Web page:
La Réserve naturelle de Saint-Martin est une aire marine protégée de 30km2 située au nord-est de l’île de Saint-Martin. Créé en 1998, cet espace préserve les cinq principaux écosystèmes de l’île : récifs coralliens, mangroves, herbiers de phanérogames, étangs et forêt sèche littorale. La Réserve gère également les 14 étangs du Conservatoire du littoral et ses 11 km de rivages terrestres naturels.

To promote the conservation of the sea turtle population

To promote the conservation of the sea turtle population

To promote the conservation of the sea turtle population

Réunion des écovolontaires - Meeting of eco-volunteers
Réunion des écovolontaires - Meeting of eco-volunteers

A group of eco-volunteers turned out in big numbers this year, with no less than 50 people regularly patrolling the beaches in order to find tracks left by the marine turtles that come ashore to lay their eggs. By mid-June, three observations had been noted. A first informational meeting was held on April 19 at L’Etage restaurant in Hope Estate, and a second on June 21 at the Réserve. For Julien Chalifour, director of the Réserve’s scientific division, the return of these activities, in spite of the scars left by Irma, as well as the recent invasion of Sargasso seaweed, is very encouraging, but he points out the importance of maintaining the quality and tranquility of the areas around the sites where the eggs are laid.

Tortue tuée par un engin nautique
Tortue tuée par un engin nautique

Seven marine turtles have died since January 1, the majority of which were involved in a collision with a boat or a jet ski. And that number only concerns those turtles found on the shore and reported to the Réserve Naturelle. How many others have been victims of a collision at sea that went unnoticed? It takes 25 years for these turtles to be able to reproduce, and only one in a thousand actually reach that age. Sadly these accidents involve mature turtles as well as juveniles that have not yet had the chance to reproduce.

Trace d’une tortue venue pondre – Traces of a turtle to lay its eggs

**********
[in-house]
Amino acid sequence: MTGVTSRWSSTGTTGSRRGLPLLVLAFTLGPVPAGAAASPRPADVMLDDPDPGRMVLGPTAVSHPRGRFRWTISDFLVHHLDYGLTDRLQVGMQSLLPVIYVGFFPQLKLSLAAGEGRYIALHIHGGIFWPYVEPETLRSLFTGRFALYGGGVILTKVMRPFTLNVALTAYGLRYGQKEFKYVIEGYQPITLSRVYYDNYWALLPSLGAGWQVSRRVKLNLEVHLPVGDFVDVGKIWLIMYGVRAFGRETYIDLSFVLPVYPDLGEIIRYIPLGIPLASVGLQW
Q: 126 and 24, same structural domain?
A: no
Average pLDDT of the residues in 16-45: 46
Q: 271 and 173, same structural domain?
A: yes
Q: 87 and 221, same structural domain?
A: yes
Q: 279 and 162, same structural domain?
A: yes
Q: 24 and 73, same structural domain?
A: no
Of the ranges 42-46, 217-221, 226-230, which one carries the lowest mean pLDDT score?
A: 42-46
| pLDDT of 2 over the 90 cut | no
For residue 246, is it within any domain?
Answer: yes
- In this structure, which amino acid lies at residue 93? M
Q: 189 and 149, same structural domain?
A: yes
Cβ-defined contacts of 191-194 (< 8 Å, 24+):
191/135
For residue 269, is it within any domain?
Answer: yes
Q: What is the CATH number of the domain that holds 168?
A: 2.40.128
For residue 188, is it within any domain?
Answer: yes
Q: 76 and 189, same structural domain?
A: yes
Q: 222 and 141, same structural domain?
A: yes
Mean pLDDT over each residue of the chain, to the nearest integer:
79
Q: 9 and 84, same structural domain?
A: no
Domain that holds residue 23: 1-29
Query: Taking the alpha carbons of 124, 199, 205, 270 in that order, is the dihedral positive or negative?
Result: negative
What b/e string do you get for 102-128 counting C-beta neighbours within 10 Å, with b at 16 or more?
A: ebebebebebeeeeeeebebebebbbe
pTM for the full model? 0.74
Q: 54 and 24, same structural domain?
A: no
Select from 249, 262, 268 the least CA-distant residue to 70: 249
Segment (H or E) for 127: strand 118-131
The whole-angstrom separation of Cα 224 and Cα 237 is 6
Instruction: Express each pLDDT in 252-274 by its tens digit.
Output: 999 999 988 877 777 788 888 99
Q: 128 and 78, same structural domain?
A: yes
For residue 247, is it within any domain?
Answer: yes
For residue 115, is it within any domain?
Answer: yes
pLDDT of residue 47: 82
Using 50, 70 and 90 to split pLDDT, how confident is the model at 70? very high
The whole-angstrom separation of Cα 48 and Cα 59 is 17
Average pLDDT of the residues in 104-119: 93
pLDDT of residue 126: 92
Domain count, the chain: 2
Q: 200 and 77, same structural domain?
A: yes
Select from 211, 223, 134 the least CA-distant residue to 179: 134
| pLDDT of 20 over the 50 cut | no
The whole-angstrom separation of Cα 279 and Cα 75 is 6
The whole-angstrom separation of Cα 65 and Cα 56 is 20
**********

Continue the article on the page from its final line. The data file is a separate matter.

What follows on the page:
Trace d’une tortue venue pondre – Traces of a turtle to lay its eggs

In spite of the fact that it was a busy year in terms of reconstruction, the egg-laying season for sea turtles was observed as usual from March through November 2018. The team of eco-volunteers that covers the beaches in the hope of seeing traces of a turtle come to lay its eggs was reduced to 30 people in 2018. By early June, no traces had been seen but it was not call for alarm. In fact, at the time of this report, no fewer than 104 traces had been reported after 288 patrols were done. That does not mean that the turtles were less present on our beached in 2018. However it seems wise to take extra care of these turtles, in context of the fact that a majority of the eggs laid in 2017 were destroyed by hurricane Irma, and certain building sites currently impact egg-laying areas. The reconstruction of Saint Martin should take into consideration the restoration of these egg-laying sites.

Julien Chalifour, who runs the turtle network in Saint Martin, also took part in the 3rd colloquium of the Sea Turtle Group of France, at the La Rochelle Aquarium on November 12-16 2018. Approximately 100 experts from France, the Atlantic Ocean, the Pacific Ocean, the Caribbean Sea and the Indian Ocean shared respective experiences in terms of conservation and the study of sea turtles, as well as their washing up on shore. This meeting has been for Julien Chalifour an opportunity to discuss ideas on subjects of interest to Saint Martin, notably the absence of treatment center for turtles that are sick or in distress, as compared to Reunion Island or Polynesia, where there are consequent structures that are financially independent. Another problem is that of turtle watching during underwater excursions, which can bother these protected reptiles and eventually cause them to flee, as well as cause an outbreak of diseases.

Did you know that leatherback turtles, as well as certain green turtles and hawksbill turtles, swim around the Atlantic Ocean, by following the currents. Their speed can reach as high as 35 km/hour. These long-distance travelers can cover thousands of kilometers in their lifetime, in order to get back to their reproduction zone, which can be far from their feeding zones.

On January 25, the Réserve Naturelle was questioned by the gendarmerie, which required its expertise in the context of several ongoing issues that involve work on certain beaches, in particular in the Lowlands, in order to estimate the damage that this work could cause to egg-laying sites for sea turtles. In fact, the reconstruction of the island post-Irma often encouraged owners of land along the beach to build walls along the shoreline, without realizing they were causing a problem for the reproduction of sea turtles by destroying their natural habitat, as turtles nest at the top edge of the beach. As all sea turtles and their essential habitats for reproduction and feeding are protected, the equipment and machines that served to break the law could eventually be seized.